With a little more than $1 billion of the $787 billion stimulus legislation devoted to comparative effectiveness (CE) research, President Obama has made it clear that he believes government should have a role in aiding patient diagnoses. But what exactly does “aiding” mean? If clinicians are increasingly paid by tax dollars through a government-run plan, will CE lead to rationing and/or mandating certain kinds of treatment?
The American Medical Association (AMA) has gone on record supporting CE research, while also making it clear that results should only lend a helping hand, and not lead to government mandates.
Recent high-profile stories on NPR and other media outlets report that both democrats and republicans are wary of using CE to “limit coverage or reimbursements.” Despite the reassurances, many clinicians from across the health care continuum have strong opinions. Some fear government-generated data will inevitably lead to rationed medical care that could restrict options, while others see a harmless, and ultimately beneficial, contribution to the medical body of knowledge.
The slippery slope argument is an integral concept on both sides of the debate, with proponents saying that rationing scenarios can be avoided with a thoughtful approach. Kenneth Hosack, director of provider relations at Craig Hospital, says he believes evidence-based medical treatment guidelines and transparency could reduce the variability of practice in medicine, and improve overall care.In a statement, From his Denver-based office at Craig, a spinal cord and brain injury rehab and research hospital, Hosack said in a statement that much of the grades of evidence in medicine and rehabilitation at this point in our research history is expert consensus-based, without randomized, controlled, double-blind research evidence. Therefore, guidelines should be used as guidelines, not rigid protocols or inflexible clinical pathways, he added. Guidelines should be sufficiently flexible to allow physicians and health care providers to treat individual patients with individualized care, so they can practice the art of medicine, and most effectively treat their patients, he said.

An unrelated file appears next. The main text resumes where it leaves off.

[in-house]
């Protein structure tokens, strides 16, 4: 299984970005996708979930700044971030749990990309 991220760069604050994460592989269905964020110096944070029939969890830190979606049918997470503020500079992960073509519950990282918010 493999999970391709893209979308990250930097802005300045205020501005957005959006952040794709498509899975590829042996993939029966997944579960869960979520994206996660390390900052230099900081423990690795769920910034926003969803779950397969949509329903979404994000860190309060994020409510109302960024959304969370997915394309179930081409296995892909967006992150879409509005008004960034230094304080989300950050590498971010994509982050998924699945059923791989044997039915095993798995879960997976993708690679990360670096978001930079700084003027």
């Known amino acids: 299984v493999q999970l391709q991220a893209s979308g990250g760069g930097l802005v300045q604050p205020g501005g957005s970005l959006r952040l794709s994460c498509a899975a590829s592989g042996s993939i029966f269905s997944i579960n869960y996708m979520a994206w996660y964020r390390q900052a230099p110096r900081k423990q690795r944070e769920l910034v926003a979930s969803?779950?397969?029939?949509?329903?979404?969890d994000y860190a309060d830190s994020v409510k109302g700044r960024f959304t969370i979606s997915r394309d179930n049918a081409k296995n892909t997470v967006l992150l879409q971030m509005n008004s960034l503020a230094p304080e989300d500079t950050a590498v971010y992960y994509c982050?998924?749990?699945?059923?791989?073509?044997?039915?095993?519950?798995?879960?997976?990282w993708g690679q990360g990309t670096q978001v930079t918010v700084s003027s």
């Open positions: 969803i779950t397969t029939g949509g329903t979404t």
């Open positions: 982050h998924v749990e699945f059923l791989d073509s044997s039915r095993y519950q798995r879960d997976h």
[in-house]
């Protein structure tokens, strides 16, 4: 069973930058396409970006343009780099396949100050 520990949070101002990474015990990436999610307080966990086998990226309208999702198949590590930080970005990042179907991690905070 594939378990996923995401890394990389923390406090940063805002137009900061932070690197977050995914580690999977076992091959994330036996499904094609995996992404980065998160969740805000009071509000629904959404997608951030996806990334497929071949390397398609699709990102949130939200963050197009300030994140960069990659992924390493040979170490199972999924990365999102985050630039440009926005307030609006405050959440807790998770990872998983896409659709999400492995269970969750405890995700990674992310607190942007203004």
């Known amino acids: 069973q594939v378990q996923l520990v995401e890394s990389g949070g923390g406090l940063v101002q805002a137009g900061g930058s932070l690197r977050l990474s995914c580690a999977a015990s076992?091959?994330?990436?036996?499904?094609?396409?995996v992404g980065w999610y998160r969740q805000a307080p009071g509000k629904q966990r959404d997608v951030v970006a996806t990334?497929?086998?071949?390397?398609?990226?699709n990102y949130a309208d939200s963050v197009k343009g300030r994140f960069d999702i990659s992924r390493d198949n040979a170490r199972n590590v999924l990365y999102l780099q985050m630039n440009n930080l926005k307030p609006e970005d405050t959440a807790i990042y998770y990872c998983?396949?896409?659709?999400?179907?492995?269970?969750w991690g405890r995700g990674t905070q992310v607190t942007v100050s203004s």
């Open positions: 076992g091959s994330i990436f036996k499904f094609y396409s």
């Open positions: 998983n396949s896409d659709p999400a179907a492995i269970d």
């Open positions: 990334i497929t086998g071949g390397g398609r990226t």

Daniel E. Andrews III, MD, who treats many uninsured farm workers on a cash basis in Napa, Calif, says he believes the CE movement will lead to an over-reliance on technology, and ultimately another layer of unwelcome red tape. Andrews routinely sends his uninsured patients to Walmart, where he says they can get generic medications for $4 a month, and $10 for 3 months. Andrews, owner of the Heart and Health Center, said in a statement that the government is really going to screw this up, and a lot of good doctors in private practice are going to close their doors. I think Obama is rushing to fix things, and it is not going to be done with technology; medical care is an art and a science—a hands-on endeavor that can’t be practiced by computer, he added.
Could long hours and too many patients boost the case for CE? Louis Tenenbaum, a contractor, consultant, and certified aging-in-place specialist (CAPS) in Potomac, Md, said he believes all of those factors should be considered. Tenenbaum blames much of the resistance on the normal human instinct to reject change. Ultimately, he says prudent adjustments can be made to CE, and health reform in general, with a new paradigm as the end result. In a statement he said that very little gets just right out of the gate, and we must have patience to see how new ideas evolve and are adjusted over time. Will there be fallout, new cracks, drama and tragedy? Of course, but there is fallout, drama, tragedy and severe unfairness now, he added. Is change hard? You bet! Is fairness part of the current system? Not much, he said.
[Source: Greg Thompson]